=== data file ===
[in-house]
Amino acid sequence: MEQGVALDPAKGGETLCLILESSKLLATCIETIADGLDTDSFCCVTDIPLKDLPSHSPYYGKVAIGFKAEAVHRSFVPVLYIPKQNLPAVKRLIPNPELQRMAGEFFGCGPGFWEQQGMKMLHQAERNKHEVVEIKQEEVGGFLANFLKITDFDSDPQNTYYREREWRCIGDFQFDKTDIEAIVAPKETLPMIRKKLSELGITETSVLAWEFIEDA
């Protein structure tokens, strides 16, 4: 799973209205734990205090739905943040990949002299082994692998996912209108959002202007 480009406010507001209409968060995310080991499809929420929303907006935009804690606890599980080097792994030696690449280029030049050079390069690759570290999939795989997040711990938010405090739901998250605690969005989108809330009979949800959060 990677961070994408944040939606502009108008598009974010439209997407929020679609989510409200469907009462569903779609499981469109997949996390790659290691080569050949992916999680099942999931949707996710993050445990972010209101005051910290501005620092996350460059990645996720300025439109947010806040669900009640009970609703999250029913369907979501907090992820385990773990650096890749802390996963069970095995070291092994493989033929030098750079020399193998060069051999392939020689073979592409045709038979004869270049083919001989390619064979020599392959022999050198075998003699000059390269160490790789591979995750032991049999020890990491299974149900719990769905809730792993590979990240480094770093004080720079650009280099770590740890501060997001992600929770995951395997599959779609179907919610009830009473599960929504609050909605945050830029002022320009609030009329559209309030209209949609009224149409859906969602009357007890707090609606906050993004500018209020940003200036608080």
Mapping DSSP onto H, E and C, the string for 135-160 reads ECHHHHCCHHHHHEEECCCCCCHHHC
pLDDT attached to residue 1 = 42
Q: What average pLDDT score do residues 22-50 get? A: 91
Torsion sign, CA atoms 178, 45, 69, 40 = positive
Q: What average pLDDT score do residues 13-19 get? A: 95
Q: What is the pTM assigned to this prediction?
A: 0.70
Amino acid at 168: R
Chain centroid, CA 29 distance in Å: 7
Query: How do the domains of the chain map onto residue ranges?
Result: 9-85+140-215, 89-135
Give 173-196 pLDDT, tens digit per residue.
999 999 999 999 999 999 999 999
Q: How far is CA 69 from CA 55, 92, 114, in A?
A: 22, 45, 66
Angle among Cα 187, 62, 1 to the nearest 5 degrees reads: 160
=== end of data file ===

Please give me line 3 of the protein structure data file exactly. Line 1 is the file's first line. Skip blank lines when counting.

């Protein structure tokens, strides 16, 4: 799973209205734990205090739905943040990949002299082994692998996912209108959002202007 480009406010507001209409968060995310080991499809929420929303907006935009804690606890599980080097792994030696690449280029030049050079390069690759570290999939795989997040711990938010405090739901998250605690969005989108809330009979949800959060 990677961070994408944040939606502009108008598009974010439209997407929020679609989510409200469907009462569903779609499981469109997949996390790659290691080569050949992916999680099942999931949707996710993050445990972010209101005051910290501005620092996350460059990645996720300025439109947010806040669900009640009970609703999250029913369907979501907090992820385990773990650096890749802390996963069970095995070291092994493989033929030098750079020399193998060069051999392939020689073979592409045709038979004869270049083919001989390619064979020599392959022999050198075998003699000059390269160490790789591979995750032991049999020890990491299974149900719990769905809730792993590979990240480094770093004080720079650009280099770590740890501060997001992600929770995951395997599959779609179907919610009830009473599960929504609050909605945050830029002022320009609030009329559209309030209209949609009224149409859906969602009357007890707090609606906050993004500018209020940003200036608080």